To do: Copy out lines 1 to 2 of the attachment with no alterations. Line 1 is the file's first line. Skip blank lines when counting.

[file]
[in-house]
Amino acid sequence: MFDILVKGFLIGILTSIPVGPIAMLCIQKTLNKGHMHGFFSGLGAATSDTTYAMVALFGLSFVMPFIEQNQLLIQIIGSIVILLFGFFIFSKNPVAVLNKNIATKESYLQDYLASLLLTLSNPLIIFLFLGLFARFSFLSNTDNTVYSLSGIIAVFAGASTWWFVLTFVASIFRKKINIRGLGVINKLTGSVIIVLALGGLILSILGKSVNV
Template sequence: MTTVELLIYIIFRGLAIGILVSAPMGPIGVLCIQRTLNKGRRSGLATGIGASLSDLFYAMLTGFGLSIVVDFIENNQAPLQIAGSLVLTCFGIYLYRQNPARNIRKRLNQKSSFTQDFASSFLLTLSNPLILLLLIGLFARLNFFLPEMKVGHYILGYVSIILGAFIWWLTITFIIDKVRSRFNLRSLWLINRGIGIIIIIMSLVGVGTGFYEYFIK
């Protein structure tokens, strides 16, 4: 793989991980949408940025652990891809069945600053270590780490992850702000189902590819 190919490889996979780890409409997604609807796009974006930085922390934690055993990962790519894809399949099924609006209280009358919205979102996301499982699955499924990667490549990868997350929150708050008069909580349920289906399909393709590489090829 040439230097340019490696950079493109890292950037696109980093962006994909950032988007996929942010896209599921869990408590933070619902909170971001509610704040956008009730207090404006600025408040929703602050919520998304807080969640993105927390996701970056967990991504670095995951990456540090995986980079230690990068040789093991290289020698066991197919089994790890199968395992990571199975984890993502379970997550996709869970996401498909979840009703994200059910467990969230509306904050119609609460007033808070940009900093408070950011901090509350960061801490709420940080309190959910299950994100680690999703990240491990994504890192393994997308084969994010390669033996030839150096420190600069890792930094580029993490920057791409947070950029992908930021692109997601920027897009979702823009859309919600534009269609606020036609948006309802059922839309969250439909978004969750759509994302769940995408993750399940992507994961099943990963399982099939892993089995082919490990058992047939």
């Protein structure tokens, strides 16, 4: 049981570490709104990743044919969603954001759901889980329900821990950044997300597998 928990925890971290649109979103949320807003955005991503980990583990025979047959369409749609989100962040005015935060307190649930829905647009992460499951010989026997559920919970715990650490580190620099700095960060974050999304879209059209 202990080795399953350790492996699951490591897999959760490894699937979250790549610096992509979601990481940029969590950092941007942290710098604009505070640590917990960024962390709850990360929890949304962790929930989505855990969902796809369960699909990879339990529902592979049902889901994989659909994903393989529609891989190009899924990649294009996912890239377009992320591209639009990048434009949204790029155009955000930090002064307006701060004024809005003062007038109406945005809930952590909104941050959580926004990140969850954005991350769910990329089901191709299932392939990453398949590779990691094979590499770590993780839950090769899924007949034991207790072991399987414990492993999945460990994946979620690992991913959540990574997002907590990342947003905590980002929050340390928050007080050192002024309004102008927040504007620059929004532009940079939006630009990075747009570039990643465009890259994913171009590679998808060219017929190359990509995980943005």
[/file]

[in-house]
Amino acid sequence: MFDILVKGFLIGILTSIPVGPIAMLCIQKTLNKGHMHGFFSGLGAATSDTTYAMVALFGLSFVMPFIEQNQLLIQIIGSIVILLFGFFIFSKNPVAVLNKNIATKESYLQDYLASLLLTLSNPLIIFLFLGLFARFSFLSNTDNTVYSLSGIIAVFAGASTWWFVLTFVASIFRKKINIRGLGVINKLTGSVIIVLALGGLILSILGKSVNV